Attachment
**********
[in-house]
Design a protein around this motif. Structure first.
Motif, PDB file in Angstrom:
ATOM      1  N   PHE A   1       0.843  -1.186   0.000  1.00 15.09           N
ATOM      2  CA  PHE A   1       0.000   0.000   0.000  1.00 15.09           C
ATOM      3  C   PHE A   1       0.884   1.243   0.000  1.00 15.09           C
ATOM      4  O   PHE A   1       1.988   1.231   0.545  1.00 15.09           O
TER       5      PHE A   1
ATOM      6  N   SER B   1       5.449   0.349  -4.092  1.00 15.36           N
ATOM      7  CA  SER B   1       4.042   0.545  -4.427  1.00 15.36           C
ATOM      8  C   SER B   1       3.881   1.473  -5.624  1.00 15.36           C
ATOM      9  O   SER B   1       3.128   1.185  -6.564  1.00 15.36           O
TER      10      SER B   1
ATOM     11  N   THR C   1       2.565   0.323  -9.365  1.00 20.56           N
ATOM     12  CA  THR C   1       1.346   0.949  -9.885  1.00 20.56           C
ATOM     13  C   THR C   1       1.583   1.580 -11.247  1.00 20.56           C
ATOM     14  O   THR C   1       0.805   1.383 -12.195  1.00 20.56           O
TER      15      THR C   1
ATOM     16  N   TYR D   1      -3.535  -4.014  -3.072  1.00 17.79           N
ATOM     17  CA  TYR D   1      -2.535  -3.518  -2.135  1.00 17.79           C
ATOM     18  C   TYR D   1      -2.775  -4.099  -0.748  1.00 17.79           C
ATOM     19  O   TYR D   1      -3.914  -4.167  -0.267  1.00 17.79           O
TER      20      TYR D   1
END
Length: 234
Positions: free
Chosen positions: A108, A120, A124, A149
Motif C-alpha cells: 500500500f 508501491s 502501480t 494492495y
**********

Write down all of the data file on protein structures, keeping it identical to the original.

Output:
[in-house]
Design a protein around this motif. Structure first.
Motif, PDB file in Angstrom:
ATOM      1  N   PHE A   1       0.843  -1.186   0.000  1.00 15.09           N
ATOM      2  CA  PHE A   1       0.000   0.000   0.000  1.00 15.09           C
ATOM      3  C   PHE A   1       0.884   1.243   0.000  1.00 15.09           C
ATOM      4  O   PHE A   1       1.988   1.231   0.545  1.00 15.09           O
TER       5      PHE A   1
ATOM      6  N   SER B   1       5.449   0.349  -4.092  1.00 15.36           N
ATOM      7  CA  SER B   1       4.042   0.545  -4.427  1.00 15.36           C
ATOM      8  C   SER B   1       3.881   1.473  -5.624  1.00 15.36           C
ATOM      9  O   SER B   1       3.128   1.185  -6.564  1.00 15.36           O
TER      10      SER B   1
ATOM     11  N   THR C   1       2.565   0.323  -9.365  1.00 20.56           N
ATOM     12  CA  THR C   1       1.346   0.949  -9.885  1.00 20.56           C
ATOM     13  C   THR C   1       1.583   1.580 -11.247  1.00 20.56           C
ATOM     14  O   THR C   1       0.805   1.383 -12.195  1.00 20.56           O
TER      15      THR C   1
ATOM     16  N   TYR D   1      -3.535  -4.014  -3.072  1.00 17.79           N
ATOM     17  CA  TYR D   1      -2.535  -3.518  -2.135  1.00 17.79           C
ATOM     18  C   TYR D   1      -2.775  -4.099  -0.748  1.00 17.79           C
ATOM     19  O   TYR D   1      -3.914  -4.167  -0.267  1.00 17.79           O
TER      20      TYR D   1
END
Length: 234
Positions: free
Chosen positions: A108, A120, A124, A149
Motif C-alpha cells: 500500500f 508501491s 502501480t 494492495y